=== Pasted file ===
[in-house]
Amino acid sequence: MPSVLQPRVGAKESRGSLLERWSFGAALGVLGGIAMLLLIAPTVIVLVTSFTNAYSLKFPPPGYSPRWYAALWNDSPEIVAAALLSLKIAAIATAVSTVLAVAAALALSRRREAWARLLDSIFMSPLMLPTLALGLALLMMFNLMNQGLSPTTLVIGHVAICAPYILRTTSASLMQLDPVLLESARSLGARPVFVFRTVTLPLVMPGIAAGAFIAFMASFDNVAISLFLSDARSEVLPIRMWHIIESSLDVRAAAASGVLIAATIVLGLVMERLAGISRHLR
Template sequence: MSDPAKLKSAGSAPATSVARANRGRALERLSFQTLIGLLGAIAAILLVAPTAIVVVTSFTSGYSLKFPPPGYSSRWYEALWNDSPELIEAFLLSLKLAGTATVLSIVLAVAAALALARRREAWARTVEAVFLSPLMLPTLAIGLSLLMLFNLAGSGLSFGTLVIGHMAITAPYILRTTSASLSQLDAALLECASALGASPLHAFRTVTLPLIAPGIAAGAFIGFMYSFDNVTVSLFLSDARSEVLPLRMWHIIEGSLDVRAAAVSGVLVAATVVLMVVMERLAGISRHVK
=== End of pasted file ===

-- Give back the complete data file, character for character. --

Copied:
[in-house]
Amino acid sequence: MPSVLQPRVGAKESRGSLLERWSFGAALGVLGGIAMLLLIAPTVIVLVTSFTNAYSLKFPPPGYSPRWYAALWNDSPEIVAAALLSLKIAAIATAVSTVLAVAAALALSRRREAWARLLDSIFMSPLMLPTLALGLALLMMFNLMNQGLSPTTLVIGHVAICAPYILRTTSASLMQLDPVLLESARSLGARPVFVFRTVTLPLVMPGIAAGAFIAFMASFDNVAISLFLSDARSEVLPIRMWHIIESSLDVRAAAASGVLIAATIVLGLVMERLAGISRHLR
Template sequence: MSDPAKLKSAGSAPATSVARANRGRALERLSFQTLIGLLGAIAAILLVAPTAIVVVTSFTSGYSLKFPPPGYSSRWYEALWNDSPELIEAFLLSLKLAGTATVLSIVLAVAAALALARRREAWARTVEAVFLSPLMLPTLAIGLSLLMLFNLAGSGLSFGTLVIGHMAITAPYILRTTSASLSQLDAALLECASALGASPLHAFRTVTLPLIAPGIAAGAFIGFMYSFDNVTVSLFLSDARSEVLPLRMWHIIEGSLDVRAAAVSGVLVAATVVLMVVMERLAGISRHVK